What Texas Wants to Do With Fetal Tissue Remains

Proposed rules would require fetal tissue from abortions and miscarriage be either cremated or buried. Another public hearing on the proposal will be held tomorrow.

By Laura RiceNovember 8, 2016 12:00 pm,

Tomorrow, when the world will digest the results of today, a Texas agency will hold a public hearing over Gov. Abbott’s LIFE Initiative, a rule designed to “protect the unborn and prevent the sale of baby body parts.”

The rule would require fetal remains to be buried or cremated, including tissue from aborted or miscarried fetuses. But the state already held a hearing about this rule over the summer, so why’s this happening again?

Julie Chang, reporter for the Austin American-Statesman, says the Texas Department of State Health Services (DSHS) published an analysis of the summer public comment period. They told Chang that they’re holding another comment period “to protect the public from communicable diseases” without specifying a disease in particular.

“Abortion rights advocates have raised the point that there has been no evidence of communicable diseases that have been spread through current ways of disposal of aborted fetus tissues or fetal tissues in general,” Chang says.

Critics of the rule, who are generally abortion rights advocates, have said this rule would drive up the cost of abortions and increase costs for abortion providers.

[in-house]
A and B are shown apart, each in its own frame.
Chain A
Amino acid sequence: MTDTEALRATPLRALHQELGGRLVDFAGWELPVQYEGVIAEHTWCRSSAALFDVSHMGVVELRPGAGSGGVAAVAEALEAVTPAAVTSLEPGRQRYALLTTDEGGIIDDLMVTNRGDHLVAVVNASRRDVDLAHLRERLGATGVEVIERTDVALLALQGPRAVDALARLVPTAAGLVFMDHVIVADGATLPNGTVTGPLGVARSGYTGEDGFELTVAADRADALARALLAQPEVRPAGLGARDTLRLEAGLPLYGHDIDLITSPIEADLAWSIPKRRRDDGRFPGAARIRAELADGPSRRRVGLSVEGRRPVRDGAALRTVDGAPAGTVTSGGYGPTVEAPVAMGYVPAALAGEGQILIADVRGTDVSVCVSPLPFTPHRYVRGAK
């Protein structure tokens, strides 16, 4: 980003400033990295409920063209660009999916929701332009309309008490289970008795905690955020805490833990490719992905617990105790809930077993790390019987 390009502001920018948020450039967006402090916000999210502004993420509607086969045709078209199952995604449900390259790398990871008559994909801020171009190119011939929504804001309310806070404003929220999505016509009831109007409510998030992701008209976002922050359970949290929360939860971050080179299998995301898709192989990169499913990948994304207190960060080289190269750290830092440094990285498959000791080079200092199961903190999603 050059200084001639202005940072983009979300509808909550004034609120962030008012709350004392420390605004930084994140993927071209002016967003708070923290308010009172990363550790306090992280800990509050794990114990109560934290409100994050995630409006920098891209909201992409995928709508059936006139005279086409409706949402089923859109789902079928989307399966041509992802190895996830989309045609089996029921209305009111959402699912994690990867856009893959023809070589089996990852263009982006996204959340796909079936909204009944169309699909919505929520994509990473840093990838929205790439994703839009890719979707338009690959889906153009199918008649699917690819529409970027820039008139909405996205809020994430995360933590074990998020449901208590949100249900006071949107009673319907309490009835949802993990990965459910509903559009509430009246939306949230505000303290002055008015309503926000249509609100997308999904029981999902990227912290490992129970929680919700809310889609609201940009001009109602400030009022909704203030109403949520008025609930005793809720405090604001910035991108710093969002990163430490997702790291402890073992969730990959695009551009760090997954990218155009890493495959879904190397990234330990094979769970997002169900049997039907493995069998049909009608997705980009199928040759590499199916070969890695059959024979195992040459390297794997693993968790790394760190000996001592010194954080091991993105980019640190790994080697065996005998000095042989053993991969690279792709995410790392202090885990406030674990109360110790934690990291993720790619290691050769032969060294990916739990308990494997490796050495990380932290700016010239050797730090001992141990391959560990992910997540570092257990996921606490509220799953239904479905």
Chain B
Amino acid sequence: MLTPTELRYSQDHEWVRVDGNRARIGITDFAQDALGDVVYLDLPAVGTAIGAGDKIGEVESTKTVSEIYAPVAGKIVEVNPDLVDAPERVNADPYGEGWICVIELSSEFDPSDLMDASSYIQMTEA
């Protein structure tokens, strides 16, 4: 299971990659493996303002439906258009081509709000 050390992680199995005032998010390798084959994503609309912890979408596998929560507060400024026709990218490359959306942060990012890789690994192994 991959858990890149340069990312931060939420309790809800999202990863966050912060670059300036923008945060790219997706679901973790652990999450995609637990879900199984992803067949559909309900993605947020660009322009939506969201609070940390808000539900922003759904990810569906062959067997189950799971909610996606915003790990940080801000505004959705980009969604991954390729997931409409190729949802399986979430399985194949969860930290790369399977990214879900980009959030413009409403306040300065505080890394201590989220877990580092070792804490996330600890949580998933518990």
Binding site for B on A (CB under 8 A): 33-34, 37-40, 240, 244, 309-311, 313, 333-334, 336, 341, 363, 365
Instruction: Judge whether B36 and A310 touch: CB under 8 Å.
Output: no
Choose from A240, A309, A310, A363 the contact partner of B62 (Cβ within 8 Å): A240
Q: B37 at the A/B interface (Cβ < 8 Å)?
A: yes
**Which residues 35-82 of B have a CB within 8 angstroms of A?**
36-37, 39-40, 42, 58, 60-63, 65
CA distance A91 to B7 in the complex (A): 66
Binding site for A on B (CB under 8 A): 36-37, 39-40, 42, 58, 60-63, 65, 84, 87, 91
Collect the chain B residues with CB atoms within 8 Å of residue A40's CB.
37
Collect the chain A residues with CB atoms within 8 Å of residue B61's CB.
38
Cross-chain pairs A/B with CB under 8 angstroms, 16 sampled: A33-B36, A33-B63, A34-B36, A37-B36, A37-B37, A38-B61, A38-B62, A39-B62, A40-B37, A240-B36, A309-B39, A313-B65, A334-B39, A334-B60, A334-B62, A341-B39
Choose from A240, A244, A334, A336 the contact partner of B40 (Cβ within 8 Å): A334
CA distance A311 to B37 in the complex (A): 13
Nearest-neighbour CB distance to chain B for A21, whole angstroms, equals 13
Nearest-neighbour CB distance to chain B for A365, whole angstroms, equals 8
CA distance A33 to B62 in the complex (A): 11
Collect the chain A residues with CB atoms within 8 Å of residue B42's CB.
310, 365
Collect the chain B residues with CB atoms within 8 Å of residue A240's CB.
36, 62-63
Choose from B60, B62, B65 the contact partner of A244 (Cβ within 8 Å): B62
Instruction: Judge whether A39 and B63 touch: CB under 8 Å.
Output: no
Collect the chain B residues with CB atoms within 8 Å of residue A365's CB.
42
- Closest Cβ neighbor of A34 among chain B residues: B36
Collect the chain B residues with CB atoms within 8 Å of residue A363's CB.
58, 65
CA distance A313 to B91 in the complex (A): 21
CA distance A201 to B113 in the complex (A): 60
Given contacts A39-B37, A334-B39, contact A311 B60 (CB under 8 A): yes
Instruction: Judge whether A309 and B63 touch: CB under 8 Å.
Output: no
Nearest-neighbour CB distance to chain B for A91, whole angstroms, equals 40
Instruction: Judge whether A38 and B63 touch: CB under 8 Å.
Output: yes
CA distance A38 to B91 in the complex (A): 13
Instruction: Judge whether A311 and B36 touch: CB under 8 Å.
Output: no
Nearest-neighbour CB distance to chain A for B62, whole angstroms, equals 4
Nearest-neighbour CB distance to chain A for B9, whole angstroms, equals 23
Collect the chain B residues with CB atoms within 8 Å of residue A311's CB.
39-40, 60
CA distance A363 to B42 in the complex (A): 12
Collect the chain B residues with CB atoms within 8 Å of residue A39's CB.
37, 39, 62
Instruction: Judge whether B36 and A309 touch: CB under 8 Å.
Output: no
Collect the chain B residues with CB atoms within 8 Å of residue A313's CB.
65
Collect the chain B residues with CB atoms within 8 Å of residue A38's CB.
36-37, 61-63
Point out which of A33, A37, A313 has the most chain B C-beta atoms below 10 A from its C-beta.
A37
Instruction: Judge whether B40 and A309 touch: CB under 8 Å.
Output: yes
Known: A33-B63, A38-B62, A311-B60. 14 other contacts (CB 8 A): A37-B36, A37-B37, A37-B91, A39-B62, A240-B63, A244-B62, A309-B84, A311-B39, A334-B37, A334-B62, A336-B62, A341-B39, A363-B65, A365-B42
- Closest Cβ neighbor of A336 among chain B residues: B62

“It would also put the privacy of women who might choose to have an abortion or have miscarried,” she says, “this would violate their privacy.”

Chang says DSHS says they have rule-making authority to update regulations “as they see fit.”

“This didn’t have to go through the Texas Legislature,” she says. “They basically said that this rule needed to be updated because current rules allow fetal remains to be treated like other medical waste, which is ground up and discharged into a sewer system and finally disposed in a landfill.”

This process drew concerns from those who support this rule, who call fetal tissue “actual fetuses, babies,” she says.

“This treatment of them was improper and did not really align with their views that fetal tissue or fetuses and babies should be protected even before they are born,” Chang says.

DSHS says in their analysis that this rule wouldn’t burden providers with additional costs and, in September, DSHS added this analysis to the rule’s preamble. After the agency tweaked the preamble in September, 25 people had requested a second public hearing.

“I feel like this second hearing came about as a result of push from abortion rights advocates who want to give their one last chance or another opportunity to raise their concerns and drum up some public attention,” Chang says.

DSHS is holding the second public hearing about this rule tomorrow at the Department of State Health Services building in Austin.

Post by Hannah McBride.